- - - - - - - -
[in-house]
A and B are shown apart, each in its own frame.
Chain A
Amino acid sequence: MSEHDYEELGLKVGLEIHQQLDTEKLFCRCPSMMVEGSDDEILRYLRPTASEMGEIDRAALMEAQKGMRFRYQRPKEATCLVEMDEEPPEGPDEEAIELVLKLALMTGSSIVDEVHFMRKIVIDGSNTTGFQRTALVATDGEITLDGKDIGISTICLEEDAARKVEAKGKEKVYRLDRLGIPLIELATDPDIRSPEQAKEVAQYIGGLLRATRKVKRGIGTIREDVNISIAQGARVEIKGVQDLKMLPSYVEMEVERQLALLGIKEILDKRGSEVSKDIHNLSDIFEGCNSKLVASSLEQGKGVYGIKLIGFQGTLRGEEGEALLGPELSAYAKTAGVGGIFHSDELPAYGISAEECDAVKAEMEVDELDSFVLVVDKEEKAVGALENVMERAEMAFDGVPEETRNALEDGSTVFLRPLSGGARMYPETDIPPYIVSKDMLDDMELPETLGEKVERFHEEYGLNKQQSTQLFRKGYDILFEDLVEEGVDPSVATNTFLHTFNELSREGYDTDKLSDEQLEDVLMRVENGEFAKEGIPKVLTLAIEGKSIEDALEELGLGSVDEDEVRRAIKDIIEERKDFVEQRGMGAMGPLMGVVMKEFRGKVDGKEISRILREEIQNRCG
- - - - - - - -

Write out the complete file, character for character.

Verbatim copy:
[in-house]
A and B are shown apart, each in its own frame.
Chain A
Amino acid sequence: MSEHDYEELGLKVGLEIHQQLDTEKLFCRCPSMMVEGSDDEILRYLRPTASEMGEIDRAALMEAQKGMRFRYQRPKEATCLVEMDEEPPEGPDEEAIELVLKLALMTGSSIVDEVHFMRKIVIDGSNTTGFQRTALVATDGEITLDGKDIGISTICLEEDAARKVEAKGKEKVYRLDRLGIPLIELATDPDIRSPEQAKEVAQYIGGLLRATRKVKRGIGTIREDVNISIAQGARVEIKGVQDLKMLPSYVEMEVERQLALLGIKEILDKRGSEVSKDIHNLSDIFEGCNSKLVASSLEQGKGVYGIKLIGFQGTLRGEEGEALLGPELSAYAKTAGVGGIFHSDELPAYGISAEECDAVKAEMEVDELDSFVLVVDKEEKAVGALENVMERAEMAFDGVPEETRNALEDGSTVFLRPLSGGARMYPETDIPPYIVSKDMLDDMELPETLGEKVERFHEEYGLNKQQSTQLFRKGYDILFEDLVEEGVDPSVATNTFLHTFNELSREGYDTDKLSDEQLEDVLMRVENGEFAKEGIPKVLTLAIEGKSIEDALEELGLGSVDEDEVRRAIKDIIEERKDFVEQRGMGAMGPLMGVVMKEFRGKVDGKEISRILREEIQNRCG